Oh, I have almost forgotten. I have a story to tell but do you think it would be worthwhile? Rafaella’s first cousin, Elda, was a governess – not to a child – but to none other than Lee Miller who was for a short period of time Aziz Eloui Bey’s second wife. After Lee deserted Eloui (there are several versions of who left whom), Elda - who was also my godmother - married Aziz Eloui, like a true Jane Eyre. We were very close as a family and we had great times, especially at Gharbaniat where Uncle Aziz had one of these fortress-like mansions in the desert. Anyway, practically on her deathbed, years later while she was living in a lovely pink villa close to Trieste, she finally opened up and talked about the long-lasting effects of having interacted with a beauty and personality as wild as  Lee Miller’s.  If I ever venture to write in the genre of a personal essay, perhaps, or anything you would advise me to do, would you kindly read it?  It would be the story of  the paradoxical effects Lee Miller had upon the governess,  a prudish, Catholic, Slovene country-girl, emotions that fluctuated between sheer horror and unconditional adoration. The Alexandrian Governess would be a cross between Jane Eyre, and Daphne du Maurier’s Mrs Danvers. Actually, it seems that du Maurier’s inspiration for Rebecca arose from her years spent in Alexandria (which she intensely disliked) while her husband was stationed there as a marine officer.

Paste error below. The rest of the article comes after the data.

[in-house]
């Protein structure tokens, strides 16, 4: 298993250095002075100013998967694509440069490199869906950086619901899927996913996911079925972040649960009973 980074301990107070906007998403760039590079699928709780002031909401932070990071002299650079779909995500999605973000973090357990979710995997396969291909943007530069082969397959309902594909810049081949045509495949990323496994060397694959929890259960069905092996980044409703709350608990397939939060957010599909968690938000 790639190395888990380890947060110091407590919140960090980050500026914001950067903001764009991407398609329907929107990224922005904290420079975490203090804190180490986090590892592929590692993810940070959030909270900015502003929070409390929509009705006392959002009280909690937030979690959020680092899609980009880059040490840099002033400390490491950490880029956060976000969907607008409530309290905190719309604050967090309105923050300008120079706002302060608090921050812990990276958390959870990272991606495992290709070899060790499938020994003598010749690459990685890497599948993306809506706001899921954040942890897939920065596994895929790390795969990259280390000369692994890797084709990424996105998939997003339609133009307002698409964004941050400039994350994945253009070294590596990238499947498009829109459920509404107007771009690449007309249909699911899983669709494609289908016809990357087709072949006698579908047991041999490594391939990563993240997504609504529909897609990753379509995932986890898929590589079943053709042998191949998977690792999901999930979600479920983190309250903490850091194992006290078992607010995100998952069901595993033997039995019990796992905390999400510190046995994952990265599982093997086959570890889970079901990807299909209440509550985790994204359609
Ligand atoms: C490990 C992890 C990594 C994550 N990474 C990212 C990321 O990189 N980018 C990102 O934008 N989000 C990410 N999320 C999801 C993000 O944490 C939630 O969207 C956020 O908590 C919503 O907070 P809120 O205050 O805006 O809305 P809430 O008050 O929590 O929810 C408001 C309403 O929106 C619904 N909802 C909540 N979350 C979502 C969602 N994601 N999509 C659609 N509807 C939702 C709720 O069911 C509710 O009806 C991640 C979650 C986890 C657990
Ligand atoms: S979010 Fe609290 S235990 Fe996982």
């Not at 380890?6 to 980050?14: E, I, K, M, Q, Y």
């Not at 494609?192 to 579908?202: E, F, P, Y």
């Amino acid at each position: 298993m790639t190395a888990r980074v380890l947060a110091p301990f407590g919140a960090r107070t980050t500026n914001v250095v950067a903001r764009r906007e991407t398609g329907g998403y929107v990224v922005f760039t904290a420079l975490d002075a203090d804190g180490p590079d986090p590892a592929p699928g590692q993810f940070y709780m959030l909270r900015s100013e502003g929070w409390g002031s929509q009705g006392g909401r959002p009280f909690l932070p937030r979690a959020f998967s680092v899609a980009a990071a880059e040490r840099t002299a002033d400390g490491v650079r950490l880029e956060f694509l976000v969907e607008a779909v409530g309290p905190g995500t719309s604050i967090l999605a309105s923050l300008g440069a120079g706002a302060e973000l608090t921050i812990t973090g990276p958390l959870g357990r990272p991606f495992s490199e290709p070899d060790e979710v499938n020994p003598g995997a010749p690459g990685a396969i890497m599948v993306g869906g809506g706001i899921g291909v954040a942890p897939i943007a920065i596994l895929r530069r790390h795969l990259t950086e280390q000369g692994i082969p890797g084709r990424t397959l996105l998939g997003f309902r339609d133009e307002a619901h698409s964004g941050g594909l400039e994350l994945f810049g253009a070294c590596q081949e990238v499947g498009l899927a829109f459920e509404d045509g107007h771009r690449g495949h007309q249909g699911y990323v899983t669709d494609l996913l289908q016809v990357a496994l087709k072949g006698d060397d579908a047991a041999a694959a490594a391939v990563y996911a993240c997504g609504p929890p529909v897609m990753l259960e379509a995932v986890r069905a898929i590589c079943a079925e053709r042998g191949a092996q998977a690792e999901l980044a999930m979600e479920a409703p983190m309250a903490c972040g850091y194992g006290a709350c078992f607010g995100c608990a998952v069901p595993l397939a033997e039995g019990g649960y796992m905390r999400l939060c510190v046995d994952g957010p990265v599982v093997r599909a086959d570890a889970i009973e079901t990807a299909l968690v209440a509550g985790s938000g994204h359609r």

I do not know why we, Alexandrians, always have the dream to write, but we do. Probably because we lived in a time warp, and we still cannot come to terms with it.

Monday, 13 May 2019

What the Durrells Did Next

You can also find out what the Durrells did next by reading this book.

Saturday, 11 May 2019

End of the Durrells' Corfu Idyll

Corfu town bombed by the Italians in 1941.
The Mirror has run a story on the terrible end of the Durrells' Corfu idyll when the island was devastated by war and some of the family fled for their lives.

Saturday, 4 May 2019

Fascists in Corfu

Corfu fascist parade 1933.
The Durrells went to Corfu in 1935, where they seemed able to ignore the darkening political situation in Europe. But judging from this photograph there was already a fascist movement in Corfu two years before the Durrell family arrived.

What I do not know is to what extent this was an indigenous Greek movement or a purely Italian-Corfiot one.  Corfu was long ruled by Venice and Italian influence remained strong.  Italian was the lingua franca of Corfu well into the nineteenth century and the island had an Italian community right up to the Second World War.  Mussolini used this historical connection to twice justify his occupation of Corfu, once briefly in 1923, again in 1941.

Certainly Corfiots courageously protested against the second occupation, a rare thing in Europe at the time, and the island provided the beginnings of the Greek resistance against the 1941-1945 Italian and German occupations of Greece.

Saturday, 27 April 2019

The Templars in Turkish

The Templars: History and Myth will be published in Turkey by Kronik
of Istanbul.

This will be the seventh language for this book.

Sunday, 17 March 2019

The Durrells in Greek